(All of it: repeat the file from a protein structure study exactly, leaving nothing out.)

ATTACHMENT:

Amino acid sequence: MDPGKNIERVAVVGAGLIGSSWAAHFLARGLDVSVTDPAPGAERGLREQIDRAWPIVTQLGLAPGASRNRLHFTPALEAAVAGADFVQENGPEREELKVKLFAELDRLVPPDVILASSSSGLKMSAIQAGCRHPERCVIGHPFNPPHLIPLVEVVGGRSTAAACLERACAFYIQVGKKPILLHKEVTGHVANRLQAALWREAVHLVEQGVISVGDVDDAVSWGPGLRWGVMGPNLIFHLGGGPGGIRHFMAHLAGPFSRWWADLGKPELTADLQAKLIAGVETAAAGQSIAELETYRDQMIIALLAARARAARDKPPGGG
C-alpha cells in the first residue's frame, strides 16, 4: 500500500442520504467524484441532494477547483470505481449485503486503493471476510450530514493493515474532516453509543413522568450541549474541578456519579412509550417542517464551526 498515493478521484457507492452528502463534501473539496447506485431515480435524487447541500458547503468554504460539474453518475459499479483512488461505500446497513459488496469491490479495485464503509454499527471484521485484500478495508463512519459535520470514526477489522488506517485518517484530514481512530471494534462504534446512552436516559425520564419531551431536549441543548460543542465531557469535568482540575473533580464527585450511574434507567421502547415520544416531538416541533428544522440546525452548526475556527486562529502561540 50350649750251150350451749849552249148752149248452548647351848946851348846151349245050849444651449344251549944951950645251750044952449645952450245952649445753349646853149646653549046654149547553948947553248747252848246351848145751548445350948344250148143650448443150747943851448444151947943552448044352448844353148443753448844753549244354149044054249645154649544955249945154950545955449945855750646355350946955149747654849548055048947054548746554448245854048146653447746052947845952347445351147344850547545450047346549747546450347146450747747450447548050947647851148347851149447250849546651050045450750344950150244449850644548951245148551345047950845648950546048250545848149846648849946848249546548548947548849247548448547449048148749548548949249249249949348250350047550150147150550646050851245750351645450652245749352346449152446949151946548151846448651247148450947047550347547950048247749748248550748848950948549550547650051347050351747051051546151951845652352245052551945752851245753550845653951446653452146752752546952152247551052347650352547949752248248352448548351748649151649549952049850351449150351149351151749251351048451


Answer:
Amino acid sequence: MDPGKNIERVAVVGAGLIGSSWAAHFLARGLDVSVTDPAPGAERGLREQIDRAWPIVTQLGLAPGASRNRLHFTPALEAAVAGADFVQENGPEREELKVKLFAELDRLVPPDVILASSSSGLKMSAIQAGCRHPERCVIGHPFNPPHLIPLVEVVGGRSTAAACLERACAFYIQVGKKPILLHKEVTGHVANRLQAALWREAVHLVEQGVISVGDVDDAVSWGPGLRWGVMGPNLIFHLGGGPGGIRHFMAHLAGPFSRWWADLGKPELTADLQAKLIAGVETAAAGQSIAELETYRDQMIIALLAARARAARDKPPGGG
C-alpha cells in the first residue's frame, strides 16, 4: 500500500442520504467524484441532494477547483470505481449485503486503493471476510450530514493493515474532516453509543413522568450541549474541578456519579412509550417542517464551526 498515493478521484457507492452528502463534501473539496447506485431515480435524487447541500458547503468554504460539474453518475459499479483512488461505500446497513459488496469491490479495485464503509454499527471484521485484500478495508463512519459535520470514526477489522488506517485518517484530514481512530471494534462504534446512552436516559425520564419531551431536549441543548460543542465531557469535568482540575473533580464527585450511574434507567421502547415520544416531538416541533428544522440546525452548526475556527486562529502561540 50350649750251150350451749849552249148752149248452548647351848946851348846151349245050849444651449344251549944951950645251750044952449645952450245952649445753349646853149646653549046654149547553948947553248747252848246351848145751548445350948344250148143650448443150747943851448444151947943552448044352448844353148443753448844753549244354149044054249645154649544955249945154950545955449945855750646355350946955149747654849548055048947054548746554448245854048146653447746052947845952347445351147344850547545450047346549747546450347146450747747450447548050947647851148347851149447250849546651050045450750344950150244449850644548951245148551345047950845648950546048250545848149846648849946848249546548548947548849247548448547449048148749548548949249249249949348250350047550150147150550646050851245750351645450652245749352346449152446949151946548151846448651247148450947047550347547950048247749748248550748848950948549550547650051347050351747051051546151951845652352245052551945752851245753550845653951446653452146752752546952152247551052347650352547949752248248352448548351748649151649549952049850351449150351149351151749251351048451